“Charlie and the Chocolate Factory” How he got there: Depp was passed over for his dramatic role in “The Libertine,” but his original take on Willy Wonka made the grade. “He is the actor that can do no wrong. Even if you don’t like the movie, you like him,” says an awards consultant. It’s Depp’s fifth mention in the Globes’ comedy/musical thesp category following “Edward Scissorhands” (1991), “Benny and Joon” (1995), “Ed Wood” (1994) and “Pirates of the Caribbean” (2004). He was also tapped last year in drama for “Finding Neverland.” Jeff Daniels
“The Squid and the Whale” How he got there: Tapped in 1986 for “The Purple Rose of Cairo” and in 1987 for “Something Wild,” Daniels take as a self-absorbed intellectual going through a messy divorce had a light enough touch for him to once again get tapped into the comedy/musical category. Sporting a long beard and playing an unlikable character — against type for him — Daniels won the best reviews of his career and another shot at gold. “He has been overlooked in the past, but he finally has a performance that caught (HFPA voters’) attention again,” says an awards consultant. Nathan Lane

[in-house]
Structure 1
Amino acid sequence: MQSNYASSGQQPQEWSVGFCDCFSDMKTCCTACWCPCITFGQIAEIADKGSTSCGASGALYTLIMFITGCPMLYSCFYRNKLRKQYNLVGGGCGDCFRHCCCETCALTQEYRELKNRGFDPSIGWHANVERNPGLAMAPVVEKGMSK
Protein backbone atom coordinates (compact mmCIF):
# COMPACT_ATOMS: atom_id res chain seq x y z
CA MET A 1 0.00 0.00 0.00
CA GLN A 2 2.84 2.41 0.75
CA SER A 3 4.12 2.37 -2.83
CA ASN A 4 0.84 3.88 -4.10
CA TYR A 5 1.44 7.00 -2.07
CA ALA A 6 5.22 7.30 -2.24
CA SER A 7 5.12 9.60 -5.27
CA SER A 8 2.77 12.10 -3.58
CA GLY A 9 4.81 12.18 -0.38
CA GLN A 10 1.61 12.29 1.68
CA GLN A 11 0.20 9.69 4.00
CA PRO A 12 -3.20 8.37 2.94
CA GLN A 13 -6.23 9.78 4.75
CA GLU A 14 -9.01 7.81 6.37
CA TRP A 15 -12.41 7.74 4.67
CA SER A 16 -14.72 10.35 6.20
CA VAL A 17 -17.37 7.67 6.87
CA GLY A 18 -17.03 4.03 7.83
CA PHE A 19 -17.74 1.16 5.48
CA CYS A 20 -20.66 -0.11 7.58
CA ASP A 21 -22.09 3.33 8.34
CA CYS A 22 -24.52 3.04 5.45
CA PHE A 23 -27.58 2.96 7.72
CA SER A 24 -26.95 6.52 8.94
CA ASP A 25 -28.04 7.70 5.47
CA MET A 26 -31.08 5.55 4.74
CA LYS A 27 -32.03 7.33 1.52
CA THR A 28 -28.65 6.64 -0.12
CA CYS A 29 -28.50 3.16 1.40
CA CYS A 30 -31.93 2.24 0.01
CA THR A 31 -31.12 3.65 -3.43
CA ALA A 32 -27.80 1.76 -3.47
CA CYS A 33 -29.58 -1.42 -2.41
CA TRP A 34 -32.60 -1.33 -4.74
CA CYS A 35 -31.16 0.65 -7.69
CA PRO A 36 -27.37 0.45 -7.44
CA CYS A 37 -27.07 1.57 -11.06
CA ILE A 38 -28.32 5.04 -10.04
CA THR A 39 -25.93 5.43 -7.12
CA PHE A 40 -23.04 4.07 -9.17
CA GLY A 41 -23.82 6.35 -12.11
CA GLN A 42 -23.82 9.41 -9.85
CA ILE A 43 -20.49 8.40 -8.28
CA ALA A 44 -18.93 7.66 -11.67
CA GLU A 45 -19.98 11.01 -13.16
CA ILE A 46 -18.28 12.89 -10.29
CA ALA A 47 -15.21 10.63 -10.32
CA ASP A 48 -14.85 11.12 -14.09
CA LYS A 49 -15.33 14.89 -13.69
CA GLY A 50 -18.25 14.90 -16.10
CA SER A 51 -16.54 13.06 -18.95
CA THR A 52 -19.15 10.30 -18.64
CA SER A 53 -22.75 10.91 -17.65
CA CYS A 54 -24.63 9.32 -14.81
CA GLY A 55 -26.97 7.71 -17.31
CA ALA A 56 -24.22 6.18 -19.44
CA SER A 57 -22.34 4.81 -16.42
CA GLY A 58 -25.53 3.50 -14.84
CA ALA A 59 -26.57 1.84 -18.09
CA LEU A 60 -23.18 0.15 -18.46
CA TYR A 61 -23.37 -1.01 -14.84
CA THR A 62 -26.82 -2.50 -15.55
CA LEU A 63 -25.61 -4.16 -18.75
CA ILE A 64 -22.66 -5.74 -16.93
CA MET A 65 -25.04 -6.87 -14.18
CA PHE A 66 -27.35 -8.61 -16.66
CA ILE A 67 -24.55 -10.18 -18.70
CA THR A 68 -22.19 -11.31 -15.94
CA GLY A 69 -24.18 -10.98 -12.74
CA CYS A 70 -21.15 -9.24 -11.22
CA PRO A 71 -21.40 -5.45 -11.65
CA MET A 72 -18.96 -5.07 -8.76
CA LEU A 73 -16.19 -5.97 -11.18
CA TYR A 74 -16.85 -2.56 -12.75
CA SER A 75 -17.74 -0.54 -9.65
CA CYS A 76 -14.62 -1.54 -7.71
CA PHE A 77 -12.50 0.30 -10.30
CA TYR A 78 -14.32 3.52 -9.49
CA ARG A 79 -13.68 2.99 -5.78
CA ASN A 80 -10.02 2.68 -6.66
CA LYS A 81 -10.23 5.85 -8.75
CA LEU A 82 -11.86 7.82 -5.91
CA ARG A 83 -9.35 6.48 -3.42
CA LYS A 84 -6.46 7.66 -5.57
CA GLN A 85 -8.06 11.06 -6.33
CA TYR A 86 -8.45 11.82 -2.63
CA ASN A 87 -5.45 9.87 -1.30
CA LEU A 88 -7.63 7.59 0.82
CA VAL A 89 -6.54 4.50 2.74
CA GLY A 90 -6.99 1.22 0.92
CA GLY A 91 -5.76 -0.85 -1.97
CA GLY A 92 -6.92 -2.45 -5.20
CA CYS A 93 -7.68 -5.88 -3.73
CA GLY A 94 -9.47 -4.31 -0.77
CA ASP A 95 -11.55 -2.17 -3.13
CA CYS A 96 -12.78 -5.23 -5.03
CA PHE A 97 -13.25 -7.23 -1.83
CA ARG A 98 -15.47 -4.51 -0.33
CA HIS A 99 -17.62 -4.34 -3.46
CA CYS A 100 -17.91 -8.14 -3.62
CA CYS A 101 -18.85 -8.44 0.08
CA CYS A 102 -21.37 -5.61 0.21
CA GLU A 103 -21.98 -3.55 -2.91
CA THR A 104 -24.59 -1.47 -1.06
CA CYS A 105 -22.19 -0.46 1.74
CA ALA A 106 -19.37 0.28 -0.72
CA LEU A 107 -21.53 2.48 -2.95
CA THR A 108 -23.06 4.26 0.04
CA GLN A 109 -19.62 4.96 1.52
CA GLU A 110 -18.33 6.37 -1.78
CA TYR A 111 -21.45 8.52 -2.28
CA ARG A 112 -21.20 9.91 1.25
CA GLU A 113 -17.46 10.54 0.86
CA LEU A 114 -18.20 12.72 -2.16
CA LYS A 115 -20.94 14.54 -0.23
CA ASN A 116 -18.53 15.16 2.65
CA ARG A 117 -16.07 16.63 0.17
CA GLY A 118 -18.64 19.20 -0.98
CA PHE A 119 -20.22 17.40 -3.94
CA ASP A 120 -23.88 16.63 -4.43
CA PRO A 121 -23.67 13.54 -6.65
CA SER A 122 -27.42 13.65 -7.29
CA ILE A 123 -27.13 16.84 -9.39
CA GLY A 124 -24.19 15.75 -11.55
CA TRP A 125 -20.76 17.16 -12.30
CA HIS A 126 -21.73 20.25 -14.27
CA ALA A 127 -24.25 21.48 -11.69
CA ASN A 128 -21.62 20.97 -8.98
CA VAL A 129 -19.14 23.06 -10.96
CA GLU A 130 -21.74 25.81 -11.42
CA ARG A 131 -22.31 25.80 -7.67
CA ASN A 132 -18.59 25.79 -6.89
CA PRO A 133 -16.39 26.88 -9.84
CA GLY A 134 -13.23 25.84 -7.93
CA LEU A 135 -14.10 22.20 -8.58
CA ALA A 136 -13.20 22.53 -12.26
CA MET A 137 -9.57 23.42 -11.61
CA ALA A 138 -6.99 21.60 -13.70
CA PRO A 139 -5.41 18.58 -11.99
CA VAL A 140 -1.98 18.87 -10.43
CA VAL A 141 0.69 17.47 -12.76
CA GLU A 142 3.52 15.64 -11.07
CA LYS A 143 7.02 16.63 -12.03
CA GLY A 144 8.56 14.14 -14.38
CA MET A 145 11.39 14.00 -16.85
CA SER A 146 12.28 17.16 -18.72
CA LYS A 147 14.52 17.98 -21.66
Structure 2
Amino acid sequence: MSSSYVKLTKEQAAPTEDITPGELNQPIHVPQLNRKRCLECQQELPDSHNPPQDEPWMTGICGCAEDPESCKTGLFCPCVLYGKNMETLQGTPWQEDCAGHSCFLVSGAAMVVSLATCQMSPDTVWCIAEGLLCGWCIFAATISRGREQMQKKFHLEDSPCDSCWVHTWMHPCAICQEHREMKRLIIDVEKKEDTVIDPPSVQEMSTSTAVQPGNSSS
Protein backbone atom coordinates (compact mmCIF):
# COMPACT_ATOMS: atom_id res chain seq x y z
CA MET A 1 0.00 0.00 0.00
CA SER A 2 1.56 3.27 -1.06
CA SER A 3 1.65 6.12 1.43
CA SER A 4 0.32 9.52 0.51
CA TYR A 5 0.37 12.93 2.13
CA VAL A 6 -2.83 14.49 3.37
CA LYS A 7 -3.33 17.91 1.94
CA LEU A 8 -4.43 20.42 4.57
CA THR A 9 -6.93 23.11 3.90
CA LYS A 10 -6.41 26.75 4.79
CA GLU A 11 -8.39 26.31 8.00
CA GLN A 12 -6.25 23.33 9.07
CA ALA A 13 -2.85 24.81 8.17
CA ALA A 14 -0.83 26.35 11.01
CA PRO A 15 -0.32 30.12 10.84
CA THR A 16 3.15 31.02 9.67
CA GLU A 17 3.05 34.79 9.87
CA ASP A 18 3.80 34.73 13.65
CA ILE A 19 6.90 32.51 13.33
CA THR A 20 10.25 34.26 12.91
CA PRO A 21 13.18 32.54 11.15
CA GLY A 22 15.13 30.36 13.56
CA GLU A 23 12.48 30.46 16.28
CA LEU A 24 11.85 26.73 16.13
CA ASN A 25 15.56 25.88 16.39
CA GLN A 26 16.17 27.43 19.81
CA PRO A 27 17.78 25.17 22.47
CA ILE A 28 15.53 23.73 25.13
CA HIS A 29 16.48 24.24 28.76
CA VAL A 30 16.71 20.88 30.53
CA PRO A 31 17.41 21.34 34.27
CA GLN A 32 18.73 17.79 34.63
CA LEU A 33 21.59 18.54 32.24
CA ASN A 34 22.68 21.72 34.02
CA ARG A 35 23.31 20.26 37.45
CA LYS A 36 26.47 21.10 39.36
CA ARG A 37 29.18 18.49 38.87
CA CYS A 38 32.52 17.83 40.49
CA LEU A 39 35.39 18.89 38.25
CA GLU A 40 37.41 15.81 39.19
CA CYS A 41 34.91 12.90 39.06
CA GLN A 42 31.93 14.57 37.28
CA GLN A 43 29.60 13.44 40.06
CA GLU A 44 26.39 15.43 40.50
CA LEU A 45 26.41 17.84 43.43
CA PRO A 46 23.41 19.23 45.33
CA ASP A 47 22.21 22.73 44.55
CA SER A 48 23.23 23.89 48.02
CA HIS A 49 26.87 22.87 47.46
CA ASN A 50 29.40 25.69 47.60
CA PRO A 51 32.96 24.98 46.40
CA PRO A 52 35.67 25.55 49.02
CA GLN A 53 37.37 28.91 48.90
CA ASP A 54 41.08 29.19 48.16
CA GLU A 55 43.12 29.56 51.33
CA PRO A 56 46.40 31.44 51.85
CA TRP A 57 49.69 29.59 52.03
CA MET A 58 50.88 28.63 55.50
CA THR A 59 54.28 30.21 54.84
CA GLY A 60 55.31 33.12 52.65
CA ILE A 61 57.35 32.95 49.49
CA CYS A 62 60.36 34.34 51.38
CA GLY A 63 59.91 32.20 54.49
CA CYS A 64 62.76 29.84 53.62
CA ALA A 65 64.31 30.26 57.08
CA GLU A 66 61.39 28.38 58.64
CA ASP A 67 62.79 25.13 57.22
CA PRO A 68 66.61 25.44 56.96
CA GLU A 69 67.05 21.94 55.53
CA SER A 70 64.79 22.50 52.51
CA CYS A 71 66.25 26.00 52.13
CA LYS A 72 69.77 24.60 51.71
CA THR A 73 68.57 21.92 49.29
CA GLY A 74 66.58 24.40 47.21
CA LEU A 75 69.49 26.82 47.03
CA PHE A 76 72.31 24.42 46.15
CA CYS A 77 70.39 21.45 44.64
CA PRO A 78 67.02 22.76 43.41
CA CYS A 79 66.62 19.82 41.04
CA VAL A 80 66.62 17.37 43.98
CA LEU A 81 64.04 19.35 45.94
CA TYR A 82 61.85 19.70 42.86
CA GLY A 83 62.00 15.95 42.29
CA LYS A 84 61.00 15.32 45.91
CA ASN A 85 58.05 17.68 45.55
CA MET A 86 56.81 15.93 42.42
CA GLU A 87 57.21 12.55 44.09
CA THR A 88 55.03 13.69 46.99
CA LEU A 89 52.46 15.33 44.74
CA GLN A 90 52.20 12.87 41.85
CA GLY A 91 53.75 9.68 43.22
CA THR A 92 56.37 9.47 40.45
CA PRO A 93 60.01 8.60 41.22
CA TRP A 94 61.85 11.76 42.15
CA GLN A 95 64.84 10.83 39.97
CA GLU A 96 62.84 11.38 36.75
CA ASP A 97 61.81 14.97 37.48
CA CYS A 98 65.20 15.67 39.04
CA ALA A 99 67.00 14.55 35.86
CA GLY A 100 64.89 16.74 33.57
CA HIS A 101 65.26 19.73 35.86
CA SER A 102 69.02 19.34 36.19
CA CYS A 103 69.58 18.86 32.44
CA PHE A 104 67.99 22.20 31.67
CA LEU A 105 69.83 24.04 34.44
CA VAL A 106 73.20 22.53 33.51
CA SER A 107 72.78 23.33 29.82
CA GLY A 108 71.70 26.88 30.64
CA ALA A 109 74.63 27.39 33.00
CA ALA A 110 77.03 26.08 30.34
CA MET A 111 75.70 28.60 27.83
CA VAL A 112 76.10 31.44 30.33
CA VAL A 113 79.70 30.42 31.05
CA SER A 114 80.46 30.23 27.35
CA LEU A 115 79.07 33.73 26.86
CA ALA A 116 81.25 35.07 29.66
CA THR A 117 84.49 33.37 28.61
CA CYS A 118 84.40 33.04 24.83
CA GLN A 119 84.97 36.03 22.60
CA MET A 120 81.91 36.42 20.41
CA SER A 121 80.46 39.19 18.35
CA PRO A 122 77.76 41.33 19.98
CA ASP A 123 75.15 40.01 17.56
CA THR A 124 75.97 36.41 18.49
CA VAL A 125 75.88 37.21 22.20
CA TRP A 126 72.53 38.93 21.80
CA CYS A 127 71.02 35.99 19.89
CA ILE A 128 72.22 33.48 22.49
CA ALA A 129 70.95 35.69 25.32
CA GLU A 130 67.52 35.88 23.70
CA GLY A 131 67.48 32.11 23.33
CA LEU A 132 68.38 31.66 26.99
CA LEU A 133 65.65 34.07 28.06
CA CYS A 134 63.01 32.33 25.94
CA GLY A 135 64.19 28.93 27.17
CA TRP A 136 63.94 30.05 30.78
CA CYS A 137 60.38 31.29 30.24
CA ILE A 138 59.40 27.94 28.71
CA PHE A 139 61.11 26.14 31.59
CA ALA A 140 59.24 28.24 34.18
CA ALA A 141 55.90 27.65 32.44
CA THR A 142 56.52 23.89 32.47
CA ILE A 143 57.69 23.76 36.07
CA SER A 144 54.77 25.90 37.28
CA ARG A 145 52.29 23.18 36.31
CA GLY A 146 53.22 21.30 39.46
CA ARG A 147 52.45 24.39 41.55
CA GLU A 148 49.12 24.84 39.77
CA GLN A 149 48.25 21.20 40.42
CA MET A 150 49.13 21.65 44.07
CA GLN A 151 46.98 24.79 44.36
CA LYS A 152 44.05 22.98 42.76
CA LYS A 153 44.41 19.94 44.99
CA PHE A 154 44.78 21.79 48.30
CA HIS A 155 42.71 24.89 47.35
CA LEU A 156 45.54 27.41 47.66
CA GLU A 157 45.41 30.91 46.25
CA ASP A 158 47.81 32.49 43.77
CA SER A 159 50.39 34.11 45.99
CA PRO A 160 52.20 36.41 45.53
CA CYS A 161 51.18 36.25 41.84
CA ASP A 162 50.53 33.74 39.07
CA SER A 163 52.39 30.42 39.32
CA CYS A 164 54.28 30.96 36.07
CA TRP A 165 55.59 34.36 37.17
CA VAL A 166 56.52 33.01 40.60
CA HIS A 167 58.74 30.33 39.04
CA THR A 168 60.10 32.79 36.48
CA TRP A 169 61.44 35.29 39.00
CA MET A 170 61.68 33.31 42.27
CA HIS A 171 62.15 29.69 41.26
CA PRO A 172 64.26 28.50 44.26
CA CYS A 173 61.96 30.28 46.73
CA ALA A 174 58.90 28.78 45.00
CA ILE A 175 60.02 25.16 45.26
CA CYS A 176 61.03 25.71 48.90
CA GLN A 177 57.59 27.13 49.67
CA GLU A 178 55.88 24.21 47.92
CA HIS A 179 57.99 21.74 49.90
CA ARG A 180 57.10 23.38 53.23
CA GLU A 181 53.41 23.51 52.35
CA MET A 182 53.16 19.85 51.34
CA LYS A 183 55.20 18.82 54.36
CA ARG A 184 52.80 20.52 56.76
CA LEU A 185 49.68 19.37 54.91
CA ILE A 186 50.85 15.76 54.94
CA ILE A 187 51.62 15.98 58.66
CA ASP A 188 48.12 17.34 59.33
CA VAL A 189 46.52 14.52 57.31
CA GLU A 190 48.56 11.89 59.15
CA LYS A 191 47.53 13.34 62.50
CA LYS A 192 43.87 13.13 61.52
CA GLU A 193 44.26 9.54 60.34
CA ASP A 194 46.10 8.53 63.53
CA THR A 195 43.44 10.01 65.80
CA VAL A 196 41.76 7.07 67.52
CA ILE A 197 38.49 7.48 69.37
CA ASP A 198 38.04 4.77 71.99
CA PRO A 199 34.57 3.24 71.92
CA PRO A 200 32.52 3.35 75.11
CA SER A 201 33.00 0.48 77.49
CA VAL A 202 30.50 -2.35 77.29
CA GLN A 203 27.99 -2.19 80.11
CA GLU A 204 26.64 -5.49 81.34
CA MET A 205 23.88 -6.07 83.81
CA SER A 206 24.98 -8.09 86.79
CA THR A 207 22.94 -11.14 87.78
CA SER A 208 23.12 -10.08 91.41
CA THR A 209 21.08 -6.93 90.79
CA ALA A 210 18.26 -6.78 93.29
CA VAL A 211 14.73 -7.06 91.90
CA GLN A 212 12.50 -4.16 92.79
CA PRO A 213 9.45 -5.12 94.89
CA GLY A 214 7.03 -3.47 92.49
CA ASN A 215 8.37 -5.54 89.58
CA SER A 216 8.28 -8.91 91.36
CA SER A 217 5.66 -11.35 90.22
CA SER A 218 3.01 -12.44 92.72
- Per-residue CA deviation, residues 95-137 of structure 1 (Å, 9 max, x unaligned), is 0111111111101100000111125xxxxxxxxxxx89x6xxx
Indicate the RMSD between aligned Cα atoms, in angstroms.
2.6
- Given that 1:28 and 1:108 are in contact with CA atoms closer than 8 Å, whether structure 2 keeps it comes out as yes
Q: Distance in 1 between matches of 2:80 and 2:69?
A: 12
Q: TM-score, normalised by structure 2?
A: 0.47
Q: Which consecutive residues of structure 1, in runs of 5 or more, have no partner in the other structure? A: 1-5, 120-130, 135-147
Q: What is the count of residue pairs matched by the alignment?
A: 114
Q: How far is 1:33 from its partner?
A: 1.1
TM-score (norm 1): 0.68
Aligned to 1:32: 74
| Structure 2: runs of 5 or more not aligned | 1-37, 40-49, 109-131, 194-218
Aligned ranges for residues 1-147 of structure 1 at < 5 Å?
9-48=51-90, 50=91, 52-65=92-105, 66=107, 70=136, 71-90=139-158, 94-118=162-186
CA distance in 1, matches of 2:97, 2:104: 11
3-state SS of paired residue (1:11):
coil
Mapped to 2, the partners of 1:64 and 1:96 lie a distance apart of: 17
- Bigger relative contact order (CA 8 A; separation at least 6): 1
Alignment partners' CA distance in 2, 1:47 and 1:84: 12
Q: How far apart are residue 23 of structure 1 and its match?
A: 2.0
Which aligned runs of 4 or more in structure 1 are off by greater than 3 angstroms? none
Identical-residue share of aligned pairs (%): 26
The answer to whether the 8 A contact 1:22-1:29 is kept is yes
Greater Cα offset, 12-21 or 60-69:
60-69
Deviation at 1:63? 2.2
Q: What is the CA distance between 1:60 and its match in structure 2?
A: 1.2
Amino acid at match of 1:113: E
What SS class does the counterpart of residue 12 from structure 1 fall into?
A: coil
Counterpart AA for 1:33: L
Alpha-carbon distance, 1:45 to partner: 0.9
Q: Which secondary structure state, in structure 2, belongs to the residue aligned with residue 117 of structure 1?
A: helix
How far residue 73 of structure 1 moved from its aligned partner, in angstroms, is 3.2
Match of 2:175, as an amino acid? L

“The Producers” How he got there: As the sleazy producer who comes up with a scheme to get a tax break by creating a flop musical, Lane brought all the elements to the movie that won him a Tony for the stage version. It’s his second nomination in this category, having been tapped for “The Birdcage” in 1997. Cillian Murphy
“Breakfast on Pluto” How he got there: Murphy receives his first Globes attention for this biopic on Irish transvestite cabaret singer Patrick “Kitten” Brady. Murphy’s coming off a breakout year, having appeared in summer pics “Batman Begins” and “Red Eye.” “Pluto” helmer Neil Jordan has generated HFPA love before, garnering a drama pic nom in ’93 for “The Crying Game.” And as one HFPA member notes, Murphy’s “not a bad-looking woman, either.” Joaquin Phoenix
” Walk the Line” How he got there: As the legendary Johnny Cash, Phoenix not only follows the lead of Jamie Foxx — a winner in this category for another music-legend biopic, “Ray” — he passes him by doing his own singing. Phoenix’s only other Globe nom was for supporting actor in “Gladiator” in 2001.